Sam Onyemelukwe, managing director at TRACE TV, captures the impact succinctly: “telecoms operators have been critical to the growth story. With their interception, now, you have artistes that won’t lift a finger without getting proper pay. That’s just the tip of the iceberg; the growth has gone well beyond that to opportunities in digital media to exploiting their music, their videos and their content. This is where they can derive value.”
At the heart of this success story is the country’s leading ICT firm, MTN Nigeria. From exciting initiatives spanning endorsement deals, corporate sponsorships, and more recently, foray into digital music distribution; the telecoms giant has redefined the game.
The outfit introduced its Music Plus App in 2014, successfully changing the face of music sharing in Nigeria. The App is a converged Music streaming and download platform, optimised for mobile and online access and is socially enabled to accommodate cross-user activity.
In only one year, the App has become Nigeria’s largest digital music distribution service and one with immediate impact. The App gives robust exposure to artistes enrolled on it and they get paid for having their songs on the platform. In the last eight months alone, over N500 million has been paid to artistes, who have their songs on the platform.
Seeing the success of the platform in its one year of existence, the company decided to take it a step further, by introducing the Next Rated app to Music+. The MTN Music+ Next Rated was specially designed to support upcoming acts in the music industry by giving them a platform to build a fan base and gain exposure.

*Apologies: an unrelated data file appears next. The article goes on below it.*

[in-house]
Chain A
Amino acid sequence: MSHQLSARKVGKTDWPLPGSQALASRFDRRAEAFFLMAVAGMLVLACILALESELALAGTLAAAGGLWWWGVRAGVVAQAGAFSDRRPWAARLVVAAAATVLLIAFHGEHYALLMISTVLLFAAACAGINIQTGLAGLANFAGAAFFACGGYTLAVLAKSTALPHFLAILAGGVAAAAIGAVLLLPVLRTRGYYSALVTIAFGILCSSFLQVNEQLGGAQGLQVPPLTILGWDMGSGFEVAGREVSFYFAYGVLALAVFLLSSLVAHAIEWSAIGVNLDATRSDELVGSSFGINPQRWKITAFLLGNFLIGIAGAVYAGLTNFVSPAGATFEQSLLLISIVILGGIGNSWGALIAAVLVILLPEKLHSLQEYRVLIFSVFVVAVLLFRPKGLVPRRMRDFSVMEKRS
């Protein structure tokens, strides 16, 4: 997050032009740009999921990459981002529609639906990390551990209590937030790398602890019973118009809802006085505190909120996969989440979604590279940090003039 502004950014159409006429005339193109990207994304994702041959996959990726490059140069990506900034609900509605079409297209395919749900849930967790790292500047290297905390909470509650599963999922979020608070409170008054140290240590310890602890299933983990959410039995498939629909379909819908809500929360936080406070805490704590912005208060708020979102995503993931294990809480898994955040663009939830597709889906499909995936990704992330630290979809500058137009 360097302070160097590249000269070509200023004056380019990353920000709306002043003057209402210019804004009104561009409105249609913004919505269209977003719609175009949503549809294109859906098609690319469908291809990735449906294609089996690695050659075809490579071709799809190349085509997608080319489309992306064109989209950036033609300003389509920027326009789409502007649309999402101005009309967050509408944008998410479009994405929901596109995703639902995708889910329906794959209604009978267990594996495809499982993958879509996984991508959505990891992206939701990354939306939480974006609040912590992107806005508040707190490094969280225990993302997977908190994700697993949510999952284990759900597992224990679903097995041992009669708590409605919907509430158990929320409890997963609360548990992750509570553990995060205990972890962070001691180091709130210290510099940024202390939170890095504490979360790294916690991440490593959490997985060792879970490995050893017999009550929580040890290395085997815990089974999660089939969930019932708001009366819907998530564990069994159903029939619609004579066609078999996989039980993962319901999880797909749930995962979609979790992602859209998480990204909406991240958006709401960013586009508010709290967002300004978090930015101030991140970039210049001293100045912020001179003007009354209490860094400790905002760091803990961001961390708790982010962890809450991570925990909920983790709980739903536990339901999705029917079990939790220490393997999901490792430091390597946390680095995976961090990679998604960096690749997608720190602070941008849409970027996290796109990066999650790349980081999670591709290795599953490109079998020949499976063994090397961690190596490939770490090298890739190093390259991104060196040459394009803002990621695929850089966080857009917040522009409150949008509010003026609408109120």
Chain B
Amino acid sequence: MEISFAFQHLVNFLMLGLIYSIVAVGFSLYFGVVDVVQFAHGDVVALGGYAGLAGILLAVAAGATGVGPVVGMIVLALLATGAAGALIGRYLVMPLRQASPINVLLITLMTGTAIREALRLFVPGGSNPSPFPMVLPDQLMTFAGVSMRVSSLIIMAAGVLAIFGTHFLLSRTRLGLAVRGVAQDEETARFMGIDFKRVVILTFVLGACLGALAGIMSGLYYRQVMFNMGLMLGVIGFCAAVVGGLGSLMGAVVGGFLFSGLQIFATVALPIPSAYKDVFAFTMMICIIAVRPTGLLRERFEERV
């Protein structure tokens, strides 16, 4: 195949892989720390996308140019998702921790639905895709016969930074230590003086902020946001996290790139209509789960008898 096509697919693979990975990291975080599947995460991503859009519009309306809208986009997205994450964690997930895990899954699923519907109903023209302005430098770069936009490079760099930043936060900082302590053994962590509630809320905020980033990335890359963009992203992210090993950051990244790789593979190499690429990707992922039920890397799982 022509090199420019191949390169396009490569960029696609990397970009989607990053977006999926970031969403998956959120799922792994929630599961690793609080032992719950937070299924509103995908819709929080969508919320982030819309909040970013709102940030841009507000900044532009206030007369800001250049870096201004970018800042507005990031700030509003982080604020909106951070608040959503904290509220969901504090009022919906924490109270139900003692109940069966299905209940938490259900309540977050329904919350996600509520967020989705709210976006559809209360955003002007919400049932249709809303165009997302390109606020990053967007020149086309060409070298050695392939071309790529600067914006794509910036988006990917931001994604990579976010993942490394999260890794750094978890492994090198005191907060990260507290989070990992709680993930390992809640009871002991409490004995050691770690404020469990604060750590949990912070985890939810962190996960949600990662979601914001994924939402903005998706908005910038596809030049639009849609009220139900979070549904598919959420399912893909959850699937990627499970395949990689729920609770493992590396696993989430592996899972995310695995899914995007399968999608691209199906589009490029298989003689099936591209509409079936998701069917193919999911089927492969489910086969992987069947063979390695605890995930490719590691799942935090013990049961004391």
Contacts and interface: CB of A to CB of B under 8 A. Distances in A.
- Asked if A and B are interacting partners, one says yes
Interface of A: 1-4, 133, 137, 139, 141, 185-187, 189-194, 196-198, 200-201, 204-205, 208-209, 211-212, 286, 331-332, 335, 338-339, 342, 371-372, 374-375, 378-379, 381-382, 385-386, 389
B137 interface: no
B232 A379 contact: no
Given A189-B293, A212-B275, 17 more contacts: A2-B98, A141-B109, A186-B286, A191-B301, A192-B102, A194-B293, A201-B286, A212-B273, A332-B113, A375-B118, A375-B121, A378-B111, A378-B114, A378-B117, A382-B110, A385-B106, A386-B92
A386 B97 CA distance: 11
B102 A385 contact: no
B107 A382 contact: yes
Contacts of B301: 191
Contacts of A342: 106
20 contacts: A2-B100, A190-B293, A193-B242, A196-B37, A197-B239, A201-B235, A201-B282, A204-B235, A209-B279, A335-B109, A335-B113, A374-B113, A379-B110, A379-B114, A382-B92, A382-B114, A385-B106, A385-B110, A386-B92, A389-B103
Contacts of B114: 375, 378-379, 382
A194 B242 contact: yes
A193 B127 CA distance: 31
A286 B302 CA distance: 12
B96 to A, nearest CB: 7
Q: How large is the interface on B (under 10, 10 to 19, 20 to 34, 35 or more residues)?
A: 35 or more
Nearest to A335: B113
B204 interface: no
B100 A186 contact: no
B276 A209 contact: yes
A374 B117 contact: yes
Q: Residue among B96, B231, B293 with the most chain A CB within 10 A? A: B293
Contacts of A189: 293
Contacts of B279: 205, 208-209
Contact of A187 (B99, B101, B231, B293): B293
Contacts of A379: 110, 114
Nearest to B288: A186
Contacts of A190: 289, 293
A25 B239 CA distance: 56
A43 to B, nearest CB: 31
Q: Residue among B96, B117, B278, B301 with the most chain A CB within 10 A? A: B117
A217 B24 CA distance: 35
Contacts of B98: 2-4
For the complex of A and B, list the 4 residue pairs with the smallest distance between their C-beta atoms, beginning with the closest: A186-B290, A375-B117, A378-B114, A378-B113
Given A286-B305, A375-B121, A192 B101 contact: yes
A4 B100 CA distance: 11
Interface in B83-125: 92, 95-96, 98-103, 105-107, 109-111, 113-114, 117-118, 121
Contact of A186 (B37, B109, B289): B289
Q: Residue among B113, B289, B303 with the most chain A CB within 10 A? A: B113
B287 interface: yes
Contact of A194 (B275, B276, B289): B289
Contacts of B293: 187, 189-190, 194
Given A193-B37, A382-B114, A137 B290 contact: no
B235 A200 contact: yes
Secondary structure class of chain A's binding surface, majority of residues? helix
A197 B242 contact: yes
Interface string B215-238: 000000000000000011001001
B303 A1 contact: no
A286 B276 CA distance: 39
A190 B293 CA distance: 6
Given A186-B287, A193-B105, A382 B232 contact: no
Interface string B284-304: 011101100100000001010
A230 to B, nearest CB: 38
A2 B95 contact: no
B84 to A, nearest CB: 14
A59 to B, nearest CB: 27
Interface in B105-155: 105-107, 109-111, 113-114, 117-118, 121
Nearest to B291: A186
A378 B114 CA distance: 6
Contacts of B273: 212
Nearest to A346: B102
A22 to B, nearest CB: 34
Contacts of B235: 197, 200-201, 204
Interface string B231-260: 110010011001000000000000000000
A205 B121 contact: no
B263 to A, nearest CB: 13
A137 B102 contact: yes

To drive the campaign, a special activation that saw some the brand storming some major tertiary institutions across the country, was introduced.
To participate in the campaign, upcoming acts are required to upload their songs onto the Music+ platform via the Next Rated section and get friends and family to like the song.
The song with the highest Likes each week enjoys airtime on MTN partner radio stations. At the end of the campaign in December, 10 entries with the highest Likes will be selected and judged by a five-man panel of MTN ambassadors, who would select the best five songs of the lot. The top five songs will be uploaded again for Likes over a one-week period where a final winner will emerge.